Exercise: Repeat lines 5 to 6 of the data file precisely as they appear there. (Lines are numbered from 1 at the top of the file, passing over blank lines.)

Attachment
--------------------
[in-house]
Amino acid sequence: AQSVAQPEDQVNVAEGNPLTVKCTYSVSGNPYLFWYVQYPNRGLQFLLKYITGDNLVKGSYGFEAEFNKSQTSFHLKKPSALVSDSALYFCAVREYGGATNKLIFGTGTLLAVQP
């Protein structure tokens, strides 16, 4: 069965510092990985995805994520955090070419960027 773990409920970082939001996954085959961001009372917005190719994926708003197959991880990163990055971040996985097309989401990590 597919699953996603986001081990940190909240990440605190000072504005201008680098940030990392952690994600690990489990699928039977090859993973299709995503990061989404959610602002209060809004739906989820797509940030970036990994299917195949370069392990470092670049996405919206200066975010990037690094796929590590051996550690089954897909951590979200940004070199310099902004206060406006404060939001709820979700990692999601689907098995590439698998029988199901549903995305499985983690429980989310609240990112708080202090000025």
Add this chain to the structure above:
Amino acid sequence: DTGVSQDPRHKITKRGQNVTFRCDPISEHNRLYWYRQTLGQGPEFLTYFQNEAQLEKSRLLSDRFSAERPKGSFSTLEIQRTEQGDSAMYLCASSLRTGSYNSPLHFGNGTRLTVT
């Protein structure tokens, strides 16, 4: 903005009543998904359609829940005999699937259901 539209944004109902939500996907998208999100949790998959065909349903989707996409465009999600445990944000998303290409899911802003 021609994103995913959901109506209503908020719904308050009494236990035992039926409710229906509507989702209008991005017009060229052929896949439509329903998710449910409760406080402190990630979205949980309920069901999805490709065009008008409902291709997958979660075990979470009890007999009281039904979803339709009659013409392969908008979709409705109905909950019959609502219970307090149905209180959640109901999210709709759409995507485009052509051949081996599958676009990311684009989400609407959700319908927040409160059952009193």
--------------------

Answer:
Amino acid sequence: DTGVSQDPRHKITKRGQNVTFRCDPISEHNRLYWYRQTLGQGPEFLTYFQNEAQLEKSRLLSDRFSAERPKGSFSTLEIQRTEQGDSAMYLCASSLRTGSYNSPLHFGNGTRLTVT
């Protein structure tokens, strides 16, 4: 903005009543998904359609829940005999699937259901 539209944004109902939500996907998208999100949790998959065909349903989707996409465009999600445990944000998303290409899911802003 021609994103995913959901109506209503908020719904308050009494236990035992039926409710229906509507989702209008991005017009060229052929896949439509329903998710449910409760406080402190990630979205949980309920069901999805490709065009008008409902291709997958979660075990979470009890007999009281039904979803339709009659013409392969908008979709409705109905909950019959609502219970307090149905209180959640109901999210709709759409995507485009052509051949081996599958676009990311684009989400609407959700319908927040409160059952009193």